Monday, August 25, 2008

Do Not Go North to Race

Want to get a good scare?

Imagine a hundred Cat 4 and 5 racers in a crit field with top-4 prizes of $165/$100/$85/$75. Good God: Cat 5s chasing $165? Might as well wax the corners and put wood chippers where the straw bales should be.

This is what's coming up in Grand Rapids in a couple weeks. Participating in the race would not be worth the trip for a Crash 4 like me, because I would return to Cleveland dead. (But I'd take some of the bastards down with me!)

If you weren't actually in the race, the trip might be worth it just for the spectacle -- if you're into watching horrific, nauseating but perversely amusing things such as rodeo events, competitive eating or Peter Gabriel acting as precious as an Oberlin student.

At the start, 22 of the 100 entrants would get run over trying to clip into their pedals. By the third lap, look for the leaders to be skidding as they hit a turn at 26 mph only to find it clogged by guys they're lapping, who are riding downtube-shifter Univegas, wearing cutoffs and billowing T-shirts, and coming to the mortal realization that this shit is hard.

Imagine the drinking game you could play at a crit corner: Down a shot of beer for every time you hear a racer shout "Hold your line!" and a shot of bourbon for every time you hear "Inside!" (Come to think of it, don't: You'd wind up in an alcohol coma or become so brain-dead that you'll want to race cyclocross.)


But if I, as a Cat 4, think it would be scary to ride in that race, imagine what a bunch of Cat 2 Masters racers along the lines of Brian Batke, Ray Huang, Rudy Sroka and Tris Hopkins would think of the lot they've drawn in The 50th Annual Tour di Via Italia Race in Windsor next month. If my eyes don't deceive me, the Cat 2/3 masters will race in the same field as the Cat 4/5 seniors. Is this a cruel joke? Or Darwinism? Or are the Canadian categories different in some sort of freaking metric/Celsius way?

- JN

Belles on Bikes

I finally did something great with a bicycle: I helped my daughters learn to ride it.
The Squirts are 4 and 6, and both are now riding without training wheels -- pretty well, in fact.
Of course, I have a somewhat lenient standard for what constitutes "pretty well": That is, if they wreck not much more often nor more violently than their gravity-victimized Dad, they're doing fine.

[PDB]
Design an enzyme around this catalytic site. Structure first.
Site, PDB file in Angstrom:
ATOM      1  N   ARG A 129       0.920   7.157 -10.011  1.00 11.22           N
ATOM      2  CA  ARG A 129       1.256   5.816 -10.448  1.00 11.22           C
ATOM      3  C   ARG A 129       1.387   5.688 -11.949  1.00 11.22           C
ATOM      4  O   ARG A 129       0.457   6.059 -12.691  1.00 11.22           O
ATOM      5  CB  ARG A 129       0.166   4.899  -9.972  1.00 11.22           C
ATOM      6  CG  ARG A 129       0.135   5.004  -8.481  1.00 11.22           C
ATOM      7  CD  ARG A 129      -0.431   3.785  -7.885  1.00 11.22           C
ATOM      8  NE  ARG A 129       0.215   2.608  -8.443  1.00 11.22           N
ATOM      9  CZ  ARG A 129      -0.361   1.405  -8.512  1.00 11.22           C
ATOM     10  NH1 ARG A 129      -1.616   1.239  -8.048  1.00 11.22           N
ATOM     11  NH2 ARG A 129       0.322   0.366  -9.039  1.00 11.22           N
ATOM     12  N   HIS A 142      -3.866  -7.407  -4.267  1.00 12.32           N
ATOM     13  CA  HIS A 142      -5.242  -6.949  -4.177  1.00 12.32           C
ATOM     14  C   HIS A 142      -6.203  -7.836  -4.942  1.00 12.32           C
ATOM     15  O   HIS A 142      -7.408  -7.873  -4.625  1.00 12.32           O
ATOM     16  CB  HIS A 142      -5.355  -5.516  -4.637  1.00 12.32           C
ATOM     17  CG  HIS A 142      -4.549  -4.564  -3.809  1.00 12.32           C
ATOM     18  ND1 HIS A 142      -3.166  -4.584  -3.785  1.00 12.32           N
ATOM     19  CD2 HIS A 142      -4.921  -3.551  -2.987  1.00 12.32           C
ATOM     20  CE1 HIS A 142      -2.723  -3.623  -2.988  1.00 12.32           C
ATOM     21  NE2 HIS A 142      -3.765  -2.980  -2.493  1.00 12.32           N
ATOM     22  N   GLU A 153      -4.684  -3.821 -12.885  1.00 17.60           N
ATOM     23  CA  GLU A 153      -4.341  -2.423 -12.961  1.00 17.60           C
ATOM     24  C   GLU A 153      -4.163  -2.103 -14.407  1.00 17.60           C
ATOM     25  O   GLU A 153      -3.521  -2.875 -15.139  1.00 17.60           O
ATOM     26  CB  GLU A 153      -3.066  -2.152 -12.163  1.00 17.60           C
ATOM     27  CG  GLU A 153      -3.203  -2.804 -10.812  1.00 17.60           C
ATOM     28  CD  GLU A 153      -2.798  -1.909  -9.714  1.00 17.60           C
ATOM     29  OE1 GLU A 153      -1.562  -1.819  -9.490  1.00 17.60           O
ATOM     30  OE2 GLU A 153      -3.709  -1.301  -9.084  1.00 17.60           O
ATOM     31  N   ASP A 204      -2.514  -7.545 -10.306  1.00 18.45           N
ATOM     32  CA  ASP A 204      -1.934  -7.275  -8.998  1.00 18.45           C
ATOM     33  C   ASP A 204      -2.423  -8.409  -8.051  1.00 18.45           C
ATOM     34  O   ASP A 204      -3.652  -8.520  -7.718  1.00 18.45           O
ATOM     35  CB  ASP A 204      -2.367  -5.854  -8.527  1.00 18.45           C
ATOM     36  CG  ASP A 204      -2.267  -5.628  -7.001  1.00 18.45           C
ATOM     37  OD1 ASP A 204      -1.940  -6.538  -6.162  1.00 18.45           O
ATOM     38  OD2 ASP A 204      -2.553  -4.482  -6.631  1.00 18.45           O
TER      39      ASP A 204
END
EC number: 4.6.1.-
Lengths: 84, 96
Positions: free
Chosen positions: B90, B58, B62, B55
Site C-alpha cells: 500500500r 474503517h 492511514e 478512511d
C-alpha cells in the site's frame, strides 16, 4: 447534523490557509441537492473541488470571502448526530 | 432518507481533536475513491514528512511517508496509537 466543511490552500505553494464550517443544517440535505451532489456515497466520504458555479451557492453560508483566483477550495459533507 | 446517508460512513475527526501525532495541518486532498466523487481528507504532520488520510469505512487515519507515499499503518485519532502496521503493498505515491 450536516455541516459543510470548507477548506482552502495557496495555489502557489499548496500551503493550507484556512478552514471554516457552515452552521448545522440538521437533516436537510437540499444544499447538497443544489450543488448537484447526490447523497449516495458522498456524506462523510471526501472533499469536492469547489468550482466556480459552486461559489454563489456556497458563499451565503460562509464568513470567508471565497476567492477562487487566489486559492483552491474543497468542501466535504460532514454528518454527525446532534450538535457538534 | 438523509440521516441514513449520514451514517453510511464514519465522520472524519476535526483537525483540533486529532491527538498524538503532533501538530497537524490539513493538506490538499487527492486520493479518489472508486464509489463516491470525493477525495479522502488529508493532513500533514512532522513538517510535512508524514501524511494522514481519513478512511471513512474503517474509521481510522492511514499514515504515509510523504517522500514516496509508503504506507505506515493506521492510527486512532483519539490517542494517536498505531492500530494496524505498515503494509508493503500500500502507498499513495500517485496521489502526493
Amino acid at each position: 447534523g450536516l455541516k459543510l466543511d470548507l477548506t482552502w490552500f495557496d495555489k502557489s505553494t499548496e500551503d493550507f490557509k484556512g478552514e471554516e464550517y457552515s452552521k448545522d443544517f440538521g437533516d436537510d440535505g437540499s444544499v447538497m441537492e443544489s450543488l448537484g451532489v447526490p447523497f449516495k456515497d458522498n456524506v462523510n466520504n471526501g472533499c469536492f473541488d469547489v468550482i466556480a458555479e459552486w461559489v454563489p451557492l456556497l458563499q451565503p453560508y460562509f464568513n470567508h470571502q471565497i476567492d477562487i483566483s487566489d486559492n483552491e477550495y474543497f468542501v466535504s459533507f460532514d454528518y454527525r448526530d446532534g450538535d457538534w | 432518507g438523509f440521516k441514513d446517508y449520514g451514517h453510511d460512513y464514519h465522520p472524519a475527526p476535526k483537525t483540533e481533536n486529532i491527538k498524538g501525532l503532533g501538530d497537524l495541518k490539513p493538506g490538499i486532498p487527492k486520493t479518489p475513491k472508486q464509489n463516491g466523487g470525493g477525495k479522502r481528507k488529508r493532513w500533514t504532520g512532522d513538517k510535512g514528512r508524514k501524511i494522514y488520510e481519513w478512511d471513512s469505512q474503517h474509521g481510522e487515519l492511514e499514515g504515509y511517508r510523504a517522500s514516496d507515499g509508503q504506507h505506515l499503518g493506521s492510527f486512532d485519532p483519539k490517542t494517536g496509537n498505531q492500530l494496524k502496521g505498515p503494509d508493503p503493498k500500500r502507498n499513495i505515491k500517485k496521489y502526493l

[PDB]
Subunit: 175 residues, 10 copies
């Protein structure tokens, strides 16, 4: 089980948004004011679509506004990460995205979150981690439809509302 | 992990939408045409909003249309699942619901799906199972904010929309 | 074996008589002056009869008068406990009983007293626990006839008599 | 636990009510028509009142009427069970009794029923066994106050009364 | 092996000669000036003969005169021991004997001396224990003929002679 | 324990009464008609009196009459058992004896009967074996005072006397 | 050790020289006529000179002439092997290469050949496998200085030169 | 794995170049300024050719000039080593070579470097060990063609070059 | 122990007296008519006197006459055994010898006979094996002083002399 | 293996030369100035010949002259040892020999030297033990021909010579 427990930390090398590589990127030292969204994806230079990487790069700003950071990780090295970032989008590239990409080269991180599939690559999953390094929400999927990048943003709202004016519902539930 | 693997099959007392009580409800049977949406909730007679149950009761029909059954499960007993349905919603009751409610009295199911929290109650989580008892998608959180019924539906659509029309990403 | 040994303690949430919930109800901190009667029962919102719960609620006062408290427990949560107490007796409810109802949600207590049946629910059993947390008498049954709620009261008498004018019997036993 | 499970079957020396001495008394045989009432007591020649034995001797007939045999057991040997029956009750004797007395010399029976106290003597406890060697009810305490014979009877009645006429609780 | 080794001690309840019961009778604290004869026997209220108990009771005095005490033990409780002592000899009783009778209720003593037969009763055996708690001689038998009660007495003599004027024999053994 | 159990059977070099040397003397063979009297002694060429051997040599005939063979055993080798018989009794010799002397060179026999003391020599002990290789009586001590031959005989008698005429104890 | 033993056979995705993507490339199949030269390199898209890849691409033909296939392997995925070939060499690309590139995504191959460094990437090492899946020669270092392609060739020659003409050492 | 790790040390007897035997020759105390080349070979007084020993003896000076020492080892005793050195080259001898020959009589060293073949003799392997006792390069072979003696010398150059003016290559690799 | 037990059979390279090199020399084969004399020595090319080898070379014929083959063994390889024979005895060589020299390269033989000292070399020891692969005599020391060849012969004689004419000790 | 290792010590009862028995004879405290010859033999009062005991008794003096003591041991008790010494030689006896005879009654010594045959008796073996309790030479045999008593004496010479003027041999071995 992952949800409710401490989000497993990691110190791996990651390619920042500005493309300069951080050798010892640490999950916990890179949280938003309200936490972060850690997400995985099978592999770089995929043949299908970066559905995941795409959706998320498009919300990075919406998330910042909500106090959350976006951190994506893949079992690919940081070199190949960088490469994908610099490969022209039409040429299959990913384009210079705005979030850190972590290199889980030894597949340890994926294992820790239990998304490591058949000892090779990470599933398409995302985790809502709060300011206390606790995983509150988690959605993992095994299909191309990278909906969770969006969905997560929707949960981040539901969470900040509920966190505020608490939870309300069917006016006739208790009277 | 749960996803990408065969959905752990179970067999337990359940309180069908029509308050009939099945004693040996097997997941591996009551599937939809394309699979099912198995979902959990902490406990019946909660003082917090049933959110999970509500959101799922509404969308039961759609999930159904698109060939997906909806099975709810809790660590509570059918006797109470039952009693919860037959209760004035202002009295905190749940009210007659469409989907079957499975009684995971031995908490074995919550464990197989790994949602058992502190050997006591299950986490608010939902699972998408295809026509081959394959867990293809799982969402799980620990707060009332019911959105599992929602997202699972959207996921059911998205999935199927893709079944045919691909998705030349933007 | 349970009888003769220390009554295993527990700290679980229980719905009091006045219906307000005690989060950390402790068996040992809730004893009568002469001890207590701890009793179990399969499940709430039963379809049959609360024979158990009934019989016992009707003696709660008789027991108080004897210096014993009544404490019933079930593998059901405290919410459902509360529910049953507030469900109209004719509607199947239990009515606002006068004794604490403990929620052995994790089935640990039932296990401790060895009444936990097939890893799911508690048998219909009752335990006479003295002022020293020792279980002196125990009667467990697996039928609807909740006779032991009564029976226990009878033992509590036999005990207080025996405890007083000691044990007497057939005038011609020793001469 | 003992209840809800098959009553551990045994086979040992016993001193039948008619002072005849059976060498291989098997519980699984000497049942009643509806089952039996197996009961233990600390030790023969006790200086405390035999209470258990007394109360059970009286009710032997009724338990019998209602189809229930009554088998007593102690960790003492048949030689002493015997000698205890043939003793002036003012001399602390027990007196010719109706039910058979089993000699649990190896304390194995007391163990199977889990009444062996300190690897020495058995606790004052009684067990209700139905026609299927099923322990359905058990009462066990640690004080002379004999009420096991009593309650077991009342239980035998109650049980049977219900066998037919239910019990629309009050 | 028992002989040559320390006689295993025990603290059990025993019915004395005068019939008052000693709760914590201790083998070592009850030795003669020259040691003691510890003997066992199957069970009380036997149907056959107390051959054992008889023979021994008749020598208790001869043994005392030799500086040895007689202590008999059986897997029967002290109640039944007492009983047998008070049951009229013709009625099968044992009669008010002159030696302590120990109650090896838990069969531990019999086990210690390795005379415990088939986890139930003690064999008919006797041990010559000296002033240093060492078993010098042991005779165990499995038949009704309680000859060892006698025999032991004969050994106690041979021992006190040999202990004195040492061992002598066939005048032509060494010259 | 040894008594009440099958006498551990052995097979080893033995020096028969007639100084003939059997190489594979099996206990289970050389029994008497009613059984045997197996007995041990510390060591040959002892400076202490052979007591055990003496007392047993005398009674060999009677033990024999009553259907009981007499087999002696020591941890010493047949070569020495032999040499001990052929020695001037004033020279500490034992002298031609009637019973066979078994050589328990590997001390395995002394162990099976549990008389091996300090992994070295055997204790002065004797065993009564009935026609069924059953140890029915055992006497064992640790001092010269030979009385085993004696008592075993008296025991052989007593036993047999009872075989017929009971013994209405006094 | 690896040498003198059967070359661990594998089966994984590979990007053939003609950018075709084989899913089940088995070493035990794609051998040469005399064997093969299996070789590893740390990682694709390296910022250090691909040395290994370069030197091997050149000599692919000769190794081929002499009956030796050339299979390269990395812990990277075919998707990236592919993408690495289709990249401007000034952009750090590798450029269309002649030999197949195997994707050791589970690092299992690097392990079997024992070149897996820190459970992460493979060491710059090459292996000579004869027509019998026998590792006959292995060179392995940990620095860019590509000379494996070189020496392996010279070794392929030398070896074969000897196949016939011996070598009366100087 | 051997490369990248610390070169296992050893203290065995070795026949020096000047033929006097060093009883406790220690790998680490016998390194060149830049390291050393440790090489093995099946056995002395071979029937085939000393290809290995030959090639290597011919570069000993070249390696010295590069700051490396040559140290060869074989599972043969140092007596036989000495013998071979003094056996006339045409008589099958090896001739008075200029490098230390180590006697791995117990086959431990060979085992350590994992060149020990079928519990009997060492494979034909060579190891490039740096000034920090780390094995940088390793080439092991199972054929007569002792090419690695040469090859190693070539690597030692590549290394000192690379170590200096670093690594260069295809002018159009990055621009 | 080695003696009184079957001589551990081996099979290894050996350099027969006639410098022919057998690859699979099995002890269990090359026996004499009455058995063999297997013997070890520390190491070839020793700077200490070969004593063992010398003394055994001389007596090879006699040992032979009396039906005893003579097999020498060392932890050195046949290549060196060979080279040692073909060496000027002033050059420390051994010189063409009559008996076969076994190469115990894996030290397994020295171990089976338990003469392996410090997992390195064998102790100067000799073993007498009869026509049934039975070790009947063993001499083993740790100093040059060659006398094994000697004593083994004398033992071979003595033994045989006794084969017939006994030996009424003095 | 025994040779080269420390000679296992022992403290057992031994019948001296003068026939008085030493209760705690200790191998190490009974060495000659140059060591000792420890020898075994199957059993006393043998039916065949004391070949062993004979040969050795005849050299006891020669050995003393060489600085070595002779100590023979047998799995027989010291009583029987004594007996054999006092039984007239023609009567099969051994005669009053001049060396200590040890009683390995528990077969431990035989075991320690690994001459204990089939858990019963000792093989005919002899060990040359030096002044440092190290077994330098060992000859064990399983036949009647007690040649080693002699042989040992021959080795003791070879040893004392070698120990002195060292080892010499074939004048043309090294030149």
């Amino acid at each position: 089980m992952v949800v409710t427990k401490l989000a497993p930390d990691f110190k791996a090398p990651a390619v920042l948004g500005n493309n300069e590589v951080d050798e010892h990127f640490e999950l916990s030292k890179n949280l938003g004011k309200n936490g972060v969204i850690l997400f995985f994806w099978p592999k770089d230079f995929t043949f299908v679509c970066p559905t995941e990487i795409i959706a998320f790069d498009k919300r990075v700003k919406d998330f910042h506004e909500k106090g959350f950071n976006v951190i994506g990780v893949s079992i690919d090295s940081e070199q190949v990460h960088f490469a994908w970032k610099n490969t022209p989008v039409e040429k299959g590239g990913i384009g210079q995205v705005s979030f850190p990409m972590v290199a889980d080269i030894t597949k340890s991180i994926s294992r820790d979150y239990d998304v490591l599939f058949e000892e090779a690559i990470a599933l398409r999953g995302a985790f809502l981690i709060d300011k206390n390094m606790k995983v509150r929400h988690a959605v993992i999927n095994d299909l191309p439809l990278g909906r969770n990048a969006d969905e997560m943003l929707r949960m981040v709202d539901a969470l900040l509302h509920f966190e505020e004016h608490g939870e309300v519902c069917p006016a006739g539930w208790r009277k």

Everything happened quickly, in the last handful of days.
It started on Wednesday, when I came home from work to discover that Jen had pulled the training wheels off of both girls' bikes, at their request. I'd been coaxing them toward that - in Natalie's case, for a year plus. But I didn't want to force anything on them. And even though they both have a bit of the daredevil in them, they've not been in a hurry to abandon the extra wheels.
Yet there they were, riding for 6 or 8 feet at a stretch without training wheels.
So I knew it was the exact moment I needed to start teaching -- one at a time.
Wednesday evening, I took Nat up to a nearby elementary school that has a small ballfield at the bottom of a short hill. After some coaching, I lowered her saddle so both feet could easily reach the ground. I took her and the bike to the top of the hill and let them roll down.
It was like watching a robin fledge: On that first trip down the hill, she rode a good 80 feet before losing momentum. On the next, she went almost twice as far. Soon she was pedaling around the field.
So we went to the parking lot at the top of the hill. The pavement has a very subtle false-flat slope -- just enough to be perfect for our purposes. She climbed on the bike and rode all the way to the end of the lot, 200 feet away. Then I taught her the line she'd need to do a U-turn and head back. She got it right on her first try.
Thursday night was Claire's turn. She didn't do quite as well as Natalie, but she's 21 months younger. She did fine on the ball field; less well on the pavement.
I was in Denver when Claire took her first steps, and I don't remember Natalie's. But I'll remember this. The pride and excitement on their little faces was priceless.
Both took their spills and skinned their knees a little, and Claire got a very dark saddle-nose bruise on her inner thigh. These things they thought were great, because it made them just like Dad, who seems to have been nursing one or another road-rash sore for a year now.
On Sunday, we went over to a high school with a rubberized running track -- softer than asphalt if they spill, but hard enough to be a lot easier to ride on than grass. Within 10 minutes, Natalie was doing full 400-meter laps back to back. Claire worked her way up to about 3/4-lap stints before it became clear her tiny bike was too small for her to maintain enough momentum. When I put her on Nat's bike, she rode a full lap on her first try.